KERATOCONUS

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Text author: Dr sc. Bojan Kozomara, dr med.

WHAT IS KERATOCONUS?

Keratoconus is the most common degenerative and progressive change of the cornea, characterized by non-inflammatory thinning of the corneal tissue, which takes on a conical shape. Its prevalence is 1:2000 individuals, being more common in males than in females. It occurs in all populations worldwide, although it is more prevalent in certain ethnic groups.

The exact cause of keratoconus is still unknown, but it is believed to be associated with poor enzymatic activity within the cornea itself. There is also a genetic predisposition, as it tends to occur more frequently in families where keratoconus has already been diagnosed.

The progression of keratoconus is faster in patients with Down syndrome. It is also believed that the disease usually affects both eyes, but one eye often has a more pronounced progression of the disease. It typically progresses in adolescence and then stabilizes (although this is not always the case).

Keratoconus can be classified into four stages (grades), with the first representing the mildest form of the disease and the fourth the most severe (often requiring corneal transplantation).

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WHAT ARE THE SYMPTOMS OF KERATOCONUS?

The primary symptom of keratoconus is a unilateral decrease in visual acuity due to progressive myopia (nearsightedness) and irregular astigmatism. The main sign is central and paracentral thinning of the corneal stroma (taking on a conical shape).

TREATMENT METHODS FOR KERATOCONUS

Treatment for mild to moderate cases of keratoconus involves wearing glasses and rigid gas-permeable or hard contact lenses, along with regular monitoring of disease progression. For progressive forms of the disease, corneal collagen cross-linking (CXL) is recommended. Patients who tolerate contact lenses well often have satisfactory vision, while those with advanced stages of keratoconus, unable to tolerate lenses, and with visual acuity below 30%, as well as those with pronounced corneal thinning, are candidates for surgical treatment. If corneal decompensation has occurred and it has irreversibly lost its transparency, corneal transplantation is the only method of choice for these patients. The best techniques used for diagnosing and monitoring the course of the disease are OCT (optical coherence tomography) of the anterior segment of the eye and Pentacam – computerized corneal topography.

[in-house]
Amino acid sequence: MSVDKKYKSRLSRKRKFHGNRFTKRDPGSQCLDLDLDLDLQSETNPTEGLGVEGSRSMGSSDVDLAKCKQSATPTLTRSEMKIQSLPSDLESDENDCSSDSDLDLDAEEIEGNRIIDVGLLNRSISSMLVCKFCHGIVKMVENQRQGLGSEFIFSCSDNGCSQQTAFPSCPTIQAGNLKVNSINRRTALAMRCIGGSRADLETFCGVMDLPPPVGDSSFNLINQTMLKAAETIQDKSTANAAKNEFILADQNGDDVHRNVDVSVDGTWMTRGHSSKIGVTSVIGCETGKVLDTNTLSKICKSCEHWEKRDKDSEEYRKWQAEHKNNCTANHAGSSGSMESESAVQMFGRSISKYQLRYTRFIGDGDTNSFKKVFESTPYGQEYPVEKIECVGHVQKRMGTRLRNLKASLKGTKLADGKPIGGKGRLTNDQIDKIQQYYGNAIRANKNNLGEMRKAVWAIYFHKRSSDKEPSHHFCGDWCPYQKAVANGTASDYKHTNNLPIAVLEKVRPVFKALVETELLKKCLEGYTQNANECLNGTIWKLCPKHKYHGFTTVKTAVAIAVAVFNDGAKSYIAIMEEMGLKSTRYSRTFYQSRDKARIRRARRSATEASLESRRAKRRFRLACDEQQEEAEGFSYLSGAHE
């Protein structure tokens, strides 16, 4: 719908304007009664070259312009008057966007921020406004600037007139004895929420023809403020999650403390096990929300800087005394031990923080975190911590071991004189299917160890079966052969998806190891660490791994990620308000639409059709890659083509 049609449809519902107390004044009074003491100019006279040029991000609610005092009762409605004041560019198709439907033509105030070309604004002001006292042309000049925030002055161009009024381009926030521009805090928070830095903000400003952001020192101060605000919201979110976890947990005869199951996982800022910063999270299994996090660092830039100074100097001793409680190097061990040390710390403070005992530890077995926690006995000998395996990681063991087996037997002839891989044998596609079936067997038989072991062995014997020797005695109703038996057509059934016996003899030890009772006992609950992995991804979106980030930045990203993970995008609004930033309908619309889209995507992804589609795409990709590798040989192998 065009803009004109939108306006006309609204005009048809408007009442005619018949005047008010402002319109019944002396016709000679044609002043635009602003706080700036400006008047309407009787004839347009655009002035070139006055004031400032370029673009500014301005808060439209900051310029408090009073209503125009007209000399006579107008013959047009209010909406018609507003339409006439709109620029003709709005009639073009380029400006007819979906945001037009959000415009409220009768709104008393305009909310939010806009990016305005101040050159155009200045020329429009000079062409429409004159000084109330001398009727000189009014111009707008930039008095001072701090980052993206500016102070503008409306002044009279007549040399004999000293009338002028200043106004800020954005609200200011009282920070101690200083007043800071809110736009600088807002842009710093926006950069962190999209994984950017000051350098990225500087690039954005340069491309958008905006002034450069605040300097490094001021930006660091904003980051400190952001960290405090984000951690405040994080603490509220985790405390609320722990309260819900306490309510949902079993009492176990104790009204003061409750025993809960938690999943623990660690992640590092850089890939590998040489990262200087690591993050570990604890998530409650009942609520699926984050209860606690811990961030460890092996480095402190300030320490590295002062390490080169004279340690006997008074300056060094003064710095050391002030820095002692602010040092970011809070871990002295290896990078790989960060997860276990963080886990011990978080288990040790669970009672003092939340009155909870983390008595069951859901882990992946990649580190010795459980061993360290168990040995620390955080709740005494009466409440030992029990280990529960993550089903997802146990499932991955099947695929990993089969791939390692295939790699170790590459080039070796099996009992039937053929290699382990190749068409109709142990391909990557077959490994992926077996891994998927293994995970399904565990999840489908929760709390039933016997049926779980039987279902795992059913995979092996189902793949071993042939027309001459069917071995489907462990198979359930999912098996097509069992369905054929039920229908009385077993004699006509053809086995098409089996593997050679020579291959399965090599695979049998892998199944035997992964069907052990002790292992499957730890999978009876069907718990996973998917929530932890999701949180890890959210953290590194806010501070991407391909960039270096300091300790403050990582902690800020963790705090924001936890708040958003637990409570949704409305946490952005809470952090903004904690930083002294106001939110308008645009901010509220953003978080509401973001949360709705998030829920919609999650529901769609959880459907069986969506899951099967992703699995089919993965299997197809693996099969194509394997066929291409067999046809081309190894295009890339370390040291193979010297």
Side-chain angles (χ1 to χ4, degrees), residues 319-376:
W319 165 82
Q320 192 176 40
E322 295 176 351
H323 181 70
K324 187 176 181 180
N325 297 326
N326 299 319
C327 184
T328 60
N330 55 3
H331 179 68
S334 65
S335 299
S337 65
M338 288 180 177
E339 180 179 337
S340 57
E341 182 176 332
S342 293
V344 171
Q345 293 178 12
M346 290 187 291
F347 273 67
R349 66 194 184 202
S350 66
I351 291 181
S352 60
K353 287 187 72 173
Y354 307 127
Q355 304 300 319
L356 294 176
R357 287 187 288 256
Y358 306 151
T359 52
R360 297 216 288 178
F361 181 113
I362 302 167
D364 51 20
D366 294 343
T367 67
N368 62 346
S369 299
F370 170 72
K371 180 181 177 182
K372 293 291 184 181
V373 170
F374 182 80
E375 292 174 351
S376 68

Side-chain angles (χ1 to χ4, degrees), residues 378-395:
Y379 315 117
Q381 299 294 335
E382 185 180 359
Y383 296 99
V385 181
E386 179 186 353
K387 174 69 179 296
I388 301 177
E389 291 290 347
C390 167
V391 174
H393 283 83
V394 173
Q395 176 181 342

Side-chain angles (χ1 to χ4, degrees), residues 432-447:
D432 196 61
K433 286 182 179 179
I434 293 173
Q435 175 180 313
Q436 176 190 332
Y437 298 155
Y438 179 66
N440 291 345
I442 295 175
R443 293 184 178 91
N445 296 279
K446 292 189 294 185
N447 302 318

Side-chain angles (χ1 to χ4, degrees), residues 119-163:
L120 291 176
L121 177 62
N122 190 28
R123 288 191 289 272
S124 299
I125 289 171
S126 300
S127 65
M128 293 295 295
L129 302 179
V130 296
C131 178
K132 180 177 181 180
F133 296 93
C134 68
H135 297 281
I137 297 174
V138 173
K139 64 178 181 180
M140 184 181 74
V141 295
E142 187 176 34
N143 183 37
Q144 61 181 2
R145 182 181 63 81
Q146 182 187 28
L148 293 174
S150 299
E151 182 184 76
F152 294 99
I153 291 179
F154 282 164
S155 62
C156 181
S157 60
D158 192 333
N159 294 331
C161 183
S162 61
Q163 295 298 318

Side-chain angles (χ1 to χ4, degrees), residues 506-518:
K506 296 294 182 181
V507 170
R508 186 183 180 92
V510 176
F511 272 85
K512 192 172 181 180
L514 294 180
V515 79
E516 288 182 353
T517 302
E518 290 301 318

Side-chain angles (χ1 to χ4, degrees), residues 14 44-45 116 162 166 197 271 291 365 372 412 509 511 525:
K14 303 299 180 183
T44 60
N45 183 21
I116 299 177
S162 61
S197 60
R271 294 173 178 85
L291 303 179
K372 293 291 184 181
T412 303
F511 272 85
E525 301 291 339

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WHAT IS CORNEAL COLLAGEN CROSSLINKING?

Corneal collagen crosslinking (CXL) is a procedure aimed at strengthening weakened collagen bonds in the cornea to slow the progression of keratoconus. The emphasis is on the word “slow down” because the procedure has been used worldwide for about 20 years, so there is still not enough time elapsed to definitively determine whether crosslinking definitively halts the progression of keratoconus. According to current experiences, out of 5 patients who underwent this procedure, one eventually required corneal transplantation.

Individuals recommended for crosslinking are patients with keratoconus whose corneal thickness is not below 400 microns, patients with clear and unscarred corneas, and those with steep meridian corneal values of up to 58 diopters, while visual acuity with glasses can be 90% or lower. Patients with other corneal diseases, and of course pregnant patients, are not candidates for crosslinking.

HOW IS THE CROSSLINKING PROCEDURE PERFORMED?

The cross-linking procedure lasts about half an hour to 45 minutes. It is done under local anesthesia using drops and is completely painless. The corneal epithelial layer is gently removed from the surface of the cornea using a delicate instrument, and then the cornea is treated with high doses of vitamin B2 in the form of a thick liquid called Riboflavin for 20 to 30 minutes. Riboflavin serves a dual purpose here. Firstly, it strengthens the cornea, but equally importantly, it protects deeper segments of the eye from UV rays, which will later be applied to the eye during treatment. After the Riboflavin instillation is completed, the cornea is exposed to a UV lamp for the next half hour or 10 minutes (depending on the protocol being used), with breaks every five minutes. The lamp automatically switches off, and during a two-minute break, Riboflavin is instilled again. After the procedure, a soft contact lens is applied to the treated cornea, which remains in the eye continuously for 4 to 7 days. The patient receives local therapy in the form of corticosteroid drops to be instilled over the next two months. On the first day after the procedure, the patient may experience pain, which is duly warned about.

Actual results after crosslinking are evaluated 6 to 12 months post-procedure in adult patients, while in children, it may take up to 24 months. After recovery, the patient can continue wearing contact lenses, often with the same parameters as before crosslinking.

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keratokonus, oftalmolog, dr kozomara
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